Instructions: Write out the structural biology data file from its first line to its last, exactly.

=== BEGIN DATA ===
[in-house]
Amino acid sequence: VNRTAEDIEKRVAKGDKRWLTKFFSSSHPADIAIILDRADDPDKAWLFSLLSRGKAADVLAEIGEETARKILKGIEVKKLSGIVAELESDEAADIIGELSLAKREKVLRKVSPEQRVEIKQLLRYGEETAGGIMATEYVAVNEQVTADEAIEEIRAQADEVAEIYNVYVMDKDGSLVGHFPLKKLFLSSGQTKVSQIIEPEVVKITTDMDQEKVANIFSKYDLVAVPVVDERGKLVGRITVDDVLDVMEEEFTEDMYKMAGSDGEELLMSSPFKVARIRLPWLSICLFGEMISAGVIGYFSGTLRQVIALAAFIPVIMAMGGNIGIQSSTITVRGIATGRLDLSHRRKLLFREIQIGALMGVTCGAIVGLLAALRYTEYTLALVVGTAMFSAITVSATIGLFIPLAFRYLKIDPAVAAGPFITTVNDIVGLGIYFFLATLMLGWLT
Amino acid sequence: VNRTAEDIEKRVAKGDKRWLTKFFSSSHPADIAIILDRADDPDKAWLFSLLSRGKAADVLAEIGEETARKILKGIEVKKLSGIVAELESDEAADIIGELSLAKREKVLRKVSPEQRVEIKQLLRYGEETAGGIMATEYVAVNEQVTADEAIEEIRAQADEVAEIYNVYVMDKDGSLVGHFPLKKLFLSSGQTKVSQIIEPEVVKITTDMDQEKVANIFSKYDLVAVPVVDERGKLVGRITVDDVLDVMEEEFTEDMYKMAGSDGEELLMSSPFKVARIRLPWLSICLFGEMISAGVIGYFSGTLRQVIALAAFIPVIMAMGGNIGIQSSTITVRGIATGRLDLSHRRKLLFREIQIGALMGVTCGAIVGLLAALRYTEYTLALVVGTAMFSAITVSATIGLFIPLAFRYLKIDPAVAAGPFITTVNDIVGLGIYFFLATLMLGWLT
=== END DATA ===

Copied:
[in-house]
Amino acid sequence: VNRTAEDIEKRVAKGDKRWLTKFFSSSHPADIAIILDRADDPDKAWLFSLLSRGKAADVLAEIGEETARKILKGIEVKKLSGIVAELESDEAADIIGELSLAKREKVLRKVSPEQRVEIKQLLRYGEETAGGIMATEYVAVNEQVTADEAIEEIRAQADEVAEIYNVYVMDKDGSLVGHFPLKKLFLSSGQTKVSQIIEPEVVKITTDMDQEKVANIFSKYDLVAVPVVDERGKLVGRITVDDVLDVMEEEFTEDMYKMAGSDGEELLMSSPFKVARIRLPWLSICLFGEMISAGVIGYFSGTLRQVIALAAFIPVIMAMGGNIGIQSSTITVRGIATGRLDLSHRRKLLFREIQIGALMGVTCGAIVGLLAALRYTEYTLALVVGTAMFSAITVSATIGLFIPLAFRYLKIDPAVAAGPFITTVNDIVGLGIYFFLATLMLGWLT
Amino acid sequence: VNRTAEDIEKRVAKGDKRWLTKFFSSSHPADIAIILDRADDPDKAWLFSLLSRGKAADVLAEIGEETARKILKGIEVKKLSGIVAELESDEAADIIGELSLAKREKVLRKVSPEQRVEIKQLLRYGEETAGGIMATEYVAVNEQVTADEAIEEIRAQADEVAEIYNVYVMDKDGSLVGHFPLKKLFLSSGQTKVSQIIEPEVVKITTDMDQEKVANIFSKYDLVAVPVVDERGKLVGRITVDDVLDVMEEEFTEDMYKMAGSDGEELLMSSPFKVARIRLPWLSICLFGEMISAGVIGYFSGTLRQVIALAAFIPVIMAMGGNIGIQSSTITVRGIATGRLDLSHRRKLLFREIQIGALMGVTCGAIVGLLAALRYTEYTLALVVGTAMFSAITVSATIGLFIPLAFRYLKIDPAVAAGPFITTVNDIVGLGIYFFLATLMLGWLT